Asian cuisine is the fasted growing ethnic cuisine, and it’s in no small part due to the exploding popularity of broth and noodle bowls in restaurants and at the market. It can be a lot of fun to take part in this major food trend. Sometimes, though, it can seem challenging when we also try to prioritize our health, since we know that Asian take-out can often be high in hidden calories, sodium and even sugar. And we also know that people who cook at home tend to consume fewer calories and less total salt, sugar and fat than those who eat out more frequently and cook less.*
So the question is: Can you do ‘Asian take-out’ at home? Yes, you can!
Start with a favourite, high quality noodle and broth. Then …
1. Toss in veggies … fresh or frozen. Vegetables not only add nutrition, but also texture and volume to your meal. Think baby bok choy, broccoli, beans, carrots, corn, spinach, and kale. There’s room for mushrooms, bean sprouts and more! And frozen vegetables work great, too. Try frozen peas, broccoli, mixed vegetables or snow peas (which have been blanched so require less cooking time) into the pot on the stove about 3-5 minutes before the soup or noodles are done.
2. Mix in fresh greens like spinach, kale, chard to bump up the nutrition, colour and bring a satisfying crunch to your noodle bowl or soup.
3. Add an egg. You can add hardboiled (halved or sliced), scrambled egg or fried egg to your noodle bowl, or drop a raw egg into the hot broth (on the stove) and let it cook in the soup alongside the noodles and other ingredients. Tip: an egg will take about the same time to cook as the noodles.
4. OR include another type protein. In addition to or in place of an egg, try chicken, fish, shrimp or tofu. Try frozen shrimp for a lean, low calorie and quick protein. Slice and add baked or roasted chicken, or a piece of cooked, heartier fish. When sliced thin, lean raw beef, chicken or pork can even be added directly to the noodles and broth as they cook and will take just a few minutes. Use tofu—soft to firm, sliced and lightly stir-fried—and add it to your broth and noodles. Or try a store-bought variety of tofu that’s been marinated and ready-to-eat.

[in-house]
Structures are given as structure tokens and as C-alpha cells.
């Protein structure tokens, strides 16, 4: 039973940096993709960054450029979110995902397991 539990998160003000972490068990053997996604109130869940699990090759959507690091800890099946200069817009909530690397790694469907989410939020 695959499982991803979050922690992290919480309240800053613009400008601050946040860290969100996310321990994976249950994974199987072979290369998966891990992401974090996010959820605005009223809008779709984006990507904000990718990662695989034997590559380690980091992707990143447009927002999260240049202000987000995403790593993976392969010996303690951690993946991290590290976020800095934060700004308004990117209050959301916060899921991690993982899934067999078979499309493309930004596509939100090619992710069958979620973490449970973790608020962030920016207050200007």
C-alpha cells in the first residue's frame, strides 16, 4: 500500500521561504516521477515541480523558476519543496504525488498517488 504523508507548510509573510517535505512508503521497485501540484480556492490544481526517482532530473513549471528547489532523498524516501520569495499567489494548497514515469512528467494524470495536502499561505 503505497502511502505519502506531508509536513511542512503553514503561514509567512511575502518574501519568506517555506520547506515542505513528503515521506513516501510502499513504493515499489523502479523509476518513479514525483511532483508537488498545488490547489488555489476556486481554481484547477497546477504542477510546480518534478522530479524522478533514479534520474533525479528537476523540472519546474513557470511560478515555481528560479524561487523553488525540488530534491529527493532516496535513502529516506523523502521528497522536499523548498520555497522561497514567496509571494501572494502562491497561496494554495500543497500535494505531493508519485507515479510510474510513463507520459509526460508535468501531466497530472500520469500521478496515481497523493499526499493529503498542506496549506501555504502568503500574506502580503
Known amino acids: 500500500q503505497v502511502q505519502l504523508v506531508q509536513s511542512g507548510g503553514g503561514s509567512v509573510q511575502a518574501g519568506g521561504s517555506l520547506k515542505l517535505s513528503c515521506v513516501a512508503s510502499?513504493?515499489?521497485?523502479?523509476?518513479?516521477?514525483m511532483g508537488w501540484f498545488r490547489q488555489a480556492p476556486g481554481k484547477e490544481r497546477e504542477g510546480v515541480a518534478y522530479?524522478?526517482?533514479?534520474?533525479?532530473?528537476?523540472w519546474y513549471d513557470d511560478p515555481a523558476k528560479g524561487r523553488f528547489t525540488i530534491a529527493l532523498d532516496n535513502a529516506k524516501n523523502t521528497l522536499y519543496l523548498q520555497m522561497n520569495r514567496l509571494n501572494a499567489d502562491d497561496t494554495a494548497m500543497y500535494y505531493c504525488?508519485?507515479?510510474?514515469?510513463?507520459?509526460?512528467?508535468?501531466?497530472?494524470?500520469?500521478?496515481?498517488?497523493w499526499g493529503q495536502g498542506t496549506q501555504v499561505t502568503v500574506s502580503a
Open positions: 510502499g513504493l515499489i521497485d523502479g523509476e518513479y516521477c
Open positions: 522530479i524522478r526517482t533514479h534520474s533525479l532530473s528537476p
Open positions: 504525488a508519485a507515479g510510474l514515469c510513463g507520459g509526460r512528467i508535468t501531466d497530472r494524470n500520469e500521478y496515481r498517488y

5. Spice it up. Instead of the pre-made flavour packets with unfamiliar or artificial ingredients, lean on a few herbs and spices and other flavourful condiments to bump up the taster without the excess salt.
• Some common tasty flavour pairings you can try:
• Ginger, garlic powder, crushed red pepper, honey, low sodium soy sauce
• Cinnamon sticks, ginger, whole cloves, crushed red pepper
• Thyme, oregano, garlic powder, black pepper
• Ginger, garlic powder, minced onions, hot chili sauce, fresh cilantro
• Experiment with your own favourite herb and spice combinations or blends! In general: if they smell good together, they’ll probably taste good, too.
• Just a splash of vinegar or squeeze of lime or lemon can bring an unexpected brightness to your noodle bowl or soup.
• A small amount of low sodium soy sauce can add just enough ‘salty’ taste without going overboard and that authentic noodle bowl taste.
• A spoonful of miso paste can make noodle bowl or soup tastier and more authentic; it’s a good swap or alternative to high sodium ‘flavour packets’ that come with many lower quality store-bought noodles.
• A teaspoon of sesame oil or hot sauce creates instant depth of flavor and aroma in your final dish.
What’s left? Grab some chopsticks and a spoon, and slurp away!
Looking for full recipes that are quick, easy and flavourful? See below.
Sesame Noodle Bowl
BBQ Pork Bowl
Udon Noodle Bowl
Stir Fry with Rice Noodles Ramen Bowl
Beef Noodle Soup
* Reference: Wolfson and Bleich, (2015), Is cooking at home associated with better diet quality or weight-loss intention? Public Health Nutrition, 18(8).